No-one saw the young bookseller’s assistant again; no-one thought of him, except his employer and his landlady, and each of them, grumbling first, afterwards filled his place and forgot him. Alone and unnoticed he went along the country road to his secret end. Only Anthony, as he went swiftly to Damaris, commended the other’s soul to the Maker and Destroyer of images.
Damaris herself opened the door to him when he came. She was about to speak when he prevented her by saying happily: “So you found him?” “He’s asleep upstairs now,” she answered. “And you?” He pulled her closer to him. “Why, that I’ll tell you presently,” he said. “Tell me first. How beautifully you seem to do your job!”
“The doctor’s here,” she said. “I managed to get him round earlier in the day, and he said he’d come again before night. Come and see him.”
“Is it Rockbotham?” Anthony asked, moving with her up the stairs. “He’s a good creature.”
“I used to think he was rather a dull sort of fool,” Damaris said. “But today he was quite strong and wise. O Anthony”— she checked at the door of the bedroom —“don’t hate me, will you?”
“When I hate you,” he answered, “the place of the angels will be desolate and our necessity will forget itself.”
“What is our necessity?” she asked, looking up at him as they passed.
“It’s just to be, I suppose,” Anthony answered slowly. “I mean, the simpler one is the nearer one is to loving. If the pattern’s arranged in me, what can I do but let myself be the pattern? I can see to it that I don’t hate, but after that Love must do his own business. But let’s go on now, may we? And talk of this another day.”
“Tell me just one thing first,” Damaris said. “Do you think — I’ve been wondering this afternoon — do you think it’s wrong of me to work at Abelard?”
“Darling, how can intelligence be wrong?” he answered. “I should think you knew more about him than anyone else in the world, and it’s a perfectly sound idea to make a beautiful thing of what you know. So long as you don’t neglect me in order to do it.”
“And is that being impersonal?” she mocked him.
“Why, yes,” he said, “for that’s your job too. And all your job is impersonal and one. Or personal and one — it doesn’t matter which you say. They’re only debating words really. Come on, let’s go in.”
As Anthony looked at Dr. Rockbotham he felt that Damaris was right. The first glance had been for his friend, but Quentin seemed to be sleeping quietly, and the doctor was on the point of coming towards the door. He had never been a particularly notable figure until now, but now indeed, in the hackneyed but convincing phrase, Anthony saw him for the first time. The lines of his face were unaltered, but it was moulded in a great strength and confidence; the eyes were deep and wise; the mouth closed firmly as if on the oath of Hippocrates — the seal of silence and the knowledge of discretion. “Aesculapius,” Anthony thought to himself, and remembered the snake that was the symbol of Aesculapius. “We sneer at medicine,” he thought, “but after all we do know more — not much, but a little. We sneer at progress, but we do, in a way, progress; the gods haven’t abandoned man.” For a moment he dreamed of a white-robed bearded figure, with a great serpent coiled by him, where in some remote temple of Epidaurus or Pergamus the child of Phoebus Apollo laboured to heal men by the art that he had learned from the two-formed Cheiron, the master of herbs. Zeus had destroyed him by lightning at last, since by his wisdom the dead were recalled to life, and the sacred order of the world was in danger of being broken. But the serpent-wreathed rod was still outstretched and still the servants of the art were sent out by their father on missions of health. He shook hands gravely, as if in ritual.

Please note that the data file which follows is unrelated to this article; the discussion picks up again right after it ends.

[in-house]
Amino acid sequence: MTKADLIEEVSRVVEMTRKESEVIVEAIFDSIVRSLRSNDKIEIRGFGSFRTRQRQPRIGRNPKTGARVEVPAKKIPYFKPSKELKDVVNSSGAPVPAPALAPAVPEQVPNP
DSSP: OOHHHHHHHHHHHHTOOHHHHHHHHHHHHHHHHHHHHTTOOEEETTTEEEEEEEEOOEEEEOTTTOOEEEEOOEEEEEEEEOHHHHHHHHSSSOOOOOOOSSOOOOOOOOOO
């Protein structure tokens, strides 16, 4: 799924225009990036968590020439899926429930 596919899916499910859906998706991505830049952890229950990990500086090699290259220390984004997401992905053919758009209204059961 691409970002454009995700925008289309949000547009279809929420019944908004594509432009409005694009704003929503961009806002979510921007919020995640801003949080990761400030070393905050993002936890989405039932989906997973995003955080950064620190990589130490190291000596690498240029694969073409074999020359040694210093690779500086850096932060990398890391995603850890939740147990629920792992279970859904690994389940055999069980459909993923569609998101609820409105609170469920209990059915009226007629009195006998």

“I think he’ll do very well,” the doctor was saying, and the vowels of the simple words came to Anthony’s ears heavy with the harmonies of Greek. “Exhaustion — absolute exhaustion: he must have been struck by a kind of panic. But sleep, and quiet, and food, will put him right. The proper kind of food.”
“Ah that!” Anthony exclaimed.
“But whether you can manage him here for a day or two,” the doctor went on to Damaris, “in the circumstances. He could of course be moved —”
“I don’t think there’s any need,” she answered, and then in answer to Anthony’s eyebrows, “My father died this afternoon.”
Anthony nodded; it was no more than he had expected.
“There isn’t any need to sit up with him,” the doctor went on, “and twenty-four hours’ entire rest would make a great difference. Still, it’s perhaps rather hard on you, Miss Tighe —”
Damaris put out her hand. “Ah, no!” she said. “Certainly he must be here. He is Anthony’s friend and mine. I am very, very glad he is here,” and her other hand caught Anthony’s and with an intense pressure told him all that that sentence meant of restoration and joy. After a little more conversation the doctor went, and Damaris and Anthony looked at each other in the hall.
“I won’t say I’m sorry about your father,” he said. “I think he had ended his business,” and as she smiled in a profound assent, he went on, “and now I must get on with mine.”
She looked at him anxiously, but said nothing for a minute, while he waited: then she asked, “You will let me come — wherever it is?”